This reviewer has got it pretty much right, down to the mixture of prose and poetry and the quality of the verse. The plot is a farrago of largely repetitive adventures for Manuelo, who moves back and forth among warring tribes, somehow managing to become a leader of each one of those tribes in turn. But it is not the plot that matters to us. What makes it of moderate interest is that the author has chosen to make the hero of his fiction a native of Portugal and to shipwreck him on California shores in the early sixteenth century. One of today’s anonymous commentators on the net describes this “imaginative tale of early exploration”: “Being apparently a weird fiction, to ascertain its purpose would be as difficult as to find the individual who has read it. Pp. 131-186 are occupied by a remarkable poem in a superlative doggerel, relating chiefly to San Francisco, from the arrival of the San Carlos to the Advent of Denis Kearney and the Spring Valley water ring, which is only one of the numerous incongruities found in the Narrative.” The book fares a bit better in the description provided by the Pacific Book Auction Galleries: Manuelo’s Narrative is “undoubtedly a spoof,” but “still, an interesting account telling much of 19th century perceptions of California’s history prior to colonization.”
More interesting, however, is the identity of the book’s author. He reveals himself only as “a pioneer,” the translator of a manuscript written in Spanish and Portuguese. Since it is abundantly clear that no such manuscript exists (or ever existed) in Evora (or anywhere else), one can only conclude that the “pioneer” credited with its “translation” stands in for the author, who does not wish to reveal his true identity.
It is uncertain when the identity of the book’s author was first revealed. It may have been in his memoirs, published in 1908, but whenever it was that the information was made public, the book is attributed, as library entries show, to Cornelius Cole (1822-1924), a figure who made his mark not as a writer but as a politician. A graduate of Wesleyan University in Connecticut, he made his way west in 1849 to get in on the rush for gold in California. That alone might have qualified him as a “pioneer,” especially since he remained behind after the Rush had run its course. But he was also a “pioneer” in that he was among a handful of individuals who toiled as newspaper editors and writers in San Francisco, contemporaries such as Bret Harte and Mark Twain. When Cole turned to politics he helped organize the Republican Party in California, efforts that led to service in the U. S. House of Representatives and the U. S. Senate. At the age of 101 he argued his last court case, and on his 102nd birthday he delivered to his publisher a manuscript entitled Ideals in Verse, a “wisdom” book of original aphorisms in couplet form. At the time of his death he was the oldest living alumnus of his college, as well as the oldest living survivor of the federal government during the Lincoln administration.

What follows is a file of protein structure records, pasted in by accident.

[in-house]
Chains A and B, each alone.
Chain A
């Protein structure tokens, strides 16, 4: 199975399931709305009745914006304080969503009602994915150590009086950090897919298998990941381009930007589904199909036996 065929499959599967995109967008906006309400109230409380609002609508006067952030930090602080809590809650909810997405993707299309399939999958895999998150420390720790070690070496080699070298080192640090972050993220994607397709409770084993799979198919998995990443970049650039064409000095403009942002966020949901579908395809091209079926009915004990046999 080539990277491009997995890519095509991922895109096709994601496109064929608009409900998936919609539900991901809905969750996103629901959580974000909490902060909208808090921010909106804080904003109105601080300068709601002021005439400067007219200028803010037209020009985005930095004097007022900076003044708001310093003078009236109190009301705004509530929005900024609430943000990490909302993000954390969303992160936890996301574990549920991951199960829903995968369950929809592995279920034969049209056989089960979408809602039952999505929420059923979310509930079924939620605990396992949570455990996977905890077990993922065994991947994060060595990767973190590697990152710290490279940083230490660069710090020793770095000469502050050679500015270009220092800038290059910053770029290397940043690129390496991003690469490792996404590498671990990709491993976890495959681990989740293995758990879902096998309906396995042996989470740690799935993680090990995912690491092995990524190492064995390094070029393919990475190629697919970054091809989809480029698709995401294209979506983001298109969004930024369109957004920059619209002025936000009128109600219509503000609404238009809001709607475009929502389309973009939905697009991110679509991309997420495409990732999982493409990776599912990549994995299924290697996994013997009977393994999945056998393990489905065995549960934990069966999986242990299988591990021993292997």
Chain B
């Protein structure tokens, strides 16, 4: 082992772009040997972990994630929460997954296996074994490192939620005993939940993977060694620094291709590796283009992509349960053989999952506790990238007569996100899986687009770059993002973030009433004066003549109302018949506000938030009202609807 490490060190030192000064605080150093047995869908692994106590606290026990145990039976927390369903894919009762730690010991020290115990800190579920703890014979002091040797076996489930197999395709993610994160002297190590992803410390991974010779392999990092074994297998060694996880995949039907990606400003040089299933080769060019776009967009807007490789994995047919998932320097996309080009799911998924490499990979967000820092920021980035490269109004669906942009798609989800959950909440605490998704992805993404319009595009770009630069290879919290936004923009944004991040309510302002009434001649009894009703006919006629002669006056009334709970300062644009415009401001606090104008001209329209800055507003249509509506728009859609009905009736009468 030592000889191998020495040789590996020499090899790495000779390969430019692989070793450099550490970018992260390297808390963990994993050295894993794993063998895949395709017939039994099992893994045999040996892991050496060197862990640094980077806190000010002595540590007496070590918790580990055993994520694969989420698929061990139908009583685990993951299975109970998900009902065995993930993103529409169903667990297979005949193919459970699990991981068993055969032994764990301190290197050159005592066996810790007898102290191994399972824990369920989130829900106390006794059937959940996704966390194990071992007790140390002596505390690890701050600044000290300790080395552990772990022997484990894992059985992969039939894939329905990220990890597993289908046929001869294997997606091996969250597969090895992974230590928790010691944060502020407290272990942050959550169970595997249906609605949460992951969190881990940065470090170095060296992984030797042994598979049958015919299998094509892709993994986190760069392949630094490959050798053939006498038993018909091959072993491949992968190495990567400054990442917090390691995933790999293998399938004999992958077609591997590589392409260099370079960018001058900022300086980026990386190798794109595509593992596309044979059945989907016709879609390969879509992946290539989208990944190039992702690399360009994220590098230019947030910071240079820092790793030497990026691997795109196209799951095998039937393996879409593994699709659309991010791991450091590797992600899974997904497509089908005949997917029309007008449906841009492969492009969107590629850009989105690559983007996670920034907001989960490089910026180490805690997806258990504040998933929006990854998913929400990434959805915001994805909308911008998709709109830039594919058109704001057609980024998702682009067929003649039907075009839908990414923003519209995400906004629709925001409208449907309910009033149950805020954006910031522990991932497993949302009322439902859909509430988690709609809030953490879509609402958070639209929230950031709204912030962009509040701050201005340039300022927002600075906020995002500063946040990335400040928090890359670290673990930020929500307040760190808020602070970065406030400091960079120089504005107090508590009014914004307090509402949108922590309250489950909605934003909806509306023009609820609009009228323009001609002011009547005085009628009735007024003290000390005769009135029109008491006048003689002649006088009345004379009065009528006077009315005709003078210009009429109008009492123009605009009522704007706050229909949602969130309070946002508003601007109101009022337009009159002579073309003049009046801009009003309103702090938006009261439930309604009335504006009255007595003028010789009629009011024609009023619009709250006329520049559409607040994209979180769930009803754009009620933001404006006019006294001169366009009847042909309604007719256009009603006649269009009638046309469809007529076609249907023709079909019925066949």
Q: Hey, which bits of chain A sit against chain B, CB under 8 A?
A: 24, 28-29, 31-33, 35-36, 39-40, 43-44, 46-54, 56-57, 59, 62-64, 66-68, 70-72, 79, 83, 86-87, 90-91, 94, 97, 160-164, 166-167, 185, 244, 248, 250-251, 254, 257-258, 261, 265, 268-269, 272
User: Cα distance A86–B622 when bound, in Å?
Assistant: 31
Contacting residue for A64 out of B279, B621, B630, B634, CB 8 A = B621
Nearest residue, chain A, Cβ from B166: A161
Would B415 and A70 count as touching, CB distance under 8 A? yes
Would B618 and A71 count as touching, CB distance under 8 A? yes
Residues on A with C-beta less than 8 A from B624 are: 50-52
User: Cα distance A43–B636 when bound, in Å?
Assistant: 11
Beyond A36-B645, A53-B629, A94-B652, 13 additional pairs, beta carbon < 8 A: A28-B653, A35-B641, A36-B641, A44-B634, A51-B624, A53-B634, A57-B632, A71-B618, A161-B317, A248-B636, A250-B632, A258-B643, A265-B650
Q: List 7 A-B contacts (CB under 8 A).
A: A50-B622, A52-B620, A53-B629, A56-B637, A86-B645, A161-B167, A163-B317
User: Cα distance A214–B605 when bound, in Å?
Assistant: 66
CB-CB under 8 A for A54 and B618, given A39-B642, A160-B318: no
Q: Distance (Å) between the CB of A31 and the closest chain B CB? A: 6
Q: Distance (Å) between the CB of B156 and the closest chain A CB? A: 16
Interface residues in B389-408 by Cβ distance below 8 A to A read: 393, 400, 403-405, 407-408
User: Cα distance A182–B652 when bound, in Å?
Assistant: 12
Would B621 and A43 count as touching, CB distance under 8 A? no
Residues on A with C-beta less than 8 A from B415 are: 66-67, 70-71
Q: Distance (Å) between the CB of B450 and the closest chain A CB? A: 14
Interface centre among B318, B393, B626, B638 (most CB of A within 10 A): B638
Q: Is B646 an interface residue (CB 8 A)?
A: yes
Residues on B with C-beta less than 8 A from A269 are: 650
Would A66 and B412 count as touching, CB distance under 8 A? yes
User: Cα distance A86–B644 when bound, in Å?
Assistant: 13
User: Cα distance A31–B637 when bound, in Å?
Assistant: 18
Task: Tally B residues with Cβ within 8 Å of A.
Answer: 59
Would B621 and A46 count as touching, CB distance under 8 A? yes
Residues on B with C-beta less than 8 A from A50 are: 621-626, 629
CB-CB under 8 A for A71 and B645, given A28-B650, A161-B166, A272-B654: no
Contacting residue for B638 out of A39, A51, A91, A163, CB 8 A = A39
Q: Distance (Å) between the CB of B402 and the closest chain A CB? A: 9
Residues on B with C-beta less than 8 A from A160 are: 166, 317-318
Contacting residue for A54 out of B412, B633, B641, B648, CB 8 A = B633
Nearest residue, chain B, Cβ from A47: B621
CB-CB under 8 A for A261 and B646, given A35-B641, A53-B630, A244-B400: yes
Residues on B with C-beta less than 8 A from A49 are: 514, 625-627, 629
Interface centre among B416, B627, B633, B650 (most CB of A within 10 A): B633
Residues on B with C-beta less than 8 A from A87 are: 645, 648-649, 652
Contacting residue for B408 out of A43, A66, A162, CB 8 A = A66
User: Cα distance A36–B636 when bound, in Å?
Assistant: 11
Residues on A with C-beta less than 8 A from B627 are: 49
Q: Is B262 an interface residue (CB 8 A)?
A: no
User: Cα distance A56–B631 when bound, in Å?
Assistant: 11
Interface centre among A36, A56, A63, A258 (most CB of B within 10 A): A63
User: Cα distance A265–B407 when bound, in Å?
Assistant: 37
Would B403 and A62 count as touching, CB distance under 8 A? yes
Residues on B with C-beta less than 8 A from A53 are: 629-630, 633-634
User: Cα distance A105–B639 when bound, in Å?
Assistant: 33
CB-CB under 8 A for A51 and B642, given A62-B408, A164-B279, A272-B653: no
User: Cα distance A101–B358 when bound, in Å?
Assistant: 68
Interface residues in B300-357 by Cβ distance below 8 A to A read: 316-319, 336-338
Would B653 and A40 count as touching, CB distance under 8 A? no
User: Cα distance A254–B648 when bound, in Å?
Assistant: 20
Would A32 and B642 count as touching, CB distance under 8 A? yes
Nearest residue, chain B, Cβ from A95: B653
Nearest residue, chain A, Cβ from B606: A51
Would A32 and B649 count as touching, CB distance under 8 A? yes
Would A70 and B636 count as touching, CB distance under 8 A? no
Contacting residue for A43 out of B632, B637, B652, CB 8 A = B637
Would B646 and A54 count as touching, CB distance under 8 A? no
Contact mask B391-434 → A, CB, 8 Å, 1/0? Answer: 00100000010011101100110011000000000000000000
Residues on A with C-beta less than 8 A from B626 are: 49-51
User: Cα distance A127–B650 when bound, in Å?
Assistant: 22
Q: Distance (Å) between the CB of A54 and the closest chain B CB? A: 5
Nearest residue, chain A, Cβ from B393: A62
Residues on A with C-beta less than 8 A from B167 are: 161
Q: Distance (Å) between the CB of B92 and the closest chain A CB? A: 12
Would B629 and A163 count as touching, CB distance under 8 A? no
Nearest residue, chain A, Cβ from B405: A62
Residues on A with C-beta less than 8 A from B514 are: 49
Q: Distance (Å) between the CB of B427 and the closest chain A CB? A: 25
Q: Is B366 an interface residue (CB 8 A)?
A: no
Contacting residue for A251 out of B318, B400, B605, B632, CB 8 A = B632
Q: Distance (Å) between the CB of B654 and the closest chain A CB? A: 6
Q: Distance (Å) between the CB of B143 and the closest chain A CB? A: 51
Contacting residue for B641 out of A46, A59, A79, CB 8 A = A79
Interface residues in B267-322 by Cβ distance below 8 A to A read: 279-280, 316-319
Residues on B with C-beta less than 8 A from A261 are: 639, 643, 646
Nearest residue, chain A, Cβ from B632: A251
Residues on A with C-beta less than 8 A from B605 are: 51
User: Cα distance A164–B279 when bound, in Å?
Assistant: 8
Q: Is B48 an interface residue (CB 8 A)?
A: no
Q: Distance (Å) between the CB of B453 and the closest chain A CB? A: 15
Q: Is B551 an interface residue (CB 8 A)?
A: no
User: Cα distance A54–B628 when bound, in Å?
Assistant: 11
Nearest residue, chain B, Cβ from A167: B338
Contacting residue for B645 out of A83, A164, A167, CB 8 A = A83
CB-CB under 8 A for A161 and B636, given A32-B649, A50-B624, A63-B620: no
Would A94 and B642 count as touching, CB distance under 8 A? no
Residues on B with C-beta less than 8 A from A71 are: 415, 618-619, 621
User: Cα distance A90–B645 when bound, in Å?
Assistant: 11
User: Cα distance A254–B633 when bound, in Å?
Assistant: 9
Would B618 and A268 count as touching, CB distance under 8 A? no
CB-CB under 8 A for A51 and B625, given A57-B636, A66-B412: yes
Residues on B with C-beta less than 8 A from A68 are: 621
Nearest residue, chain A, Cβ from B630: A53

Manuelo’s Narrative appears to have been Cole’s principal, perhaps his only, venture into fiction. Why it was published anonymously remains uncertain. Perhaps his political career, depending on the approval of voters, had something to do with it, although there seems to be nothing potentially damaging to a political career anywhere in the book. And why Cole chose to make the hero of his sixteenth-century narrative “a Portuguese sailor” goes unexplained. There is nothing of the matter in his memoir (which runs to 1872, some years short of the publication of Manuelo’s Narrative) or in the account of his life given by his biographer, Catherine Coffin Phillips, who says only that Cole “had amused himself with writing Manuelo’s Narrative.”
The matter is open to speculation. It is possible that Cole had been impressed by the Portuguese emigrants he encountered over the years in California, including those-most likely Azoreans-near or around the gold-fields in 1849 and later in enclaves elsewhere. For after the Gold Rush, the Portuguese fanned out to places like Newark, San Leandro, San Jose and Santa Clara, where they settled down to dairying and other forms of farming. Of course, in subsequent years Cole had ample opportunity to meet many of them while campaigning for public office.
George Monteiro is Professor Emeritus of English and Portuguese and Brazilian Studies, Brown University, and he continues as Adjunct Professor of Portuguese Studies at the same university. He served as Fulbright lecturer in American Literature in Brazil–Sao Paulo and Bahia–Ecuador and Argentina; and as Visiting Professor in UFMG in Belo Horizonte. In 2007 he served as Helio and Amelia Pedroso / Luso-American Foundation Professor of Portuguese, University of Massachusetts Dartmouth. Among his recent books are Stephen Crane’s Blue Badge of Courage, Fernando Pessoa and Nineteenth-Century Anglo-American Literature, The Presence of Pessoa, The Presence of Camões, and Conversations with Elizabeth Bishop and Critical Essays on Ernest Hemingway’s A Farewell to Arms. Among his translations are Iberian Poems by Miguel Torga, A Man Smiles at Death with Half a Face by José Rodrigues Miguéis, Self-Analysis and Thirty Other Poems by Fernando Pessoa, and In Crete, with the Minotaur, and Other Poems by Jorge de Sena. He has also published two collections of poems, The Coffee Exchange and Double Weaver’s Knot.
NOTE: “The First American ‘Gee'” was published on this blog Comunidades on February 1st, 2009. This month of February, Comunidades celebrates its third anniversary, and to commemorate this date we will be reviewing some original versions of texts published here in the last three years.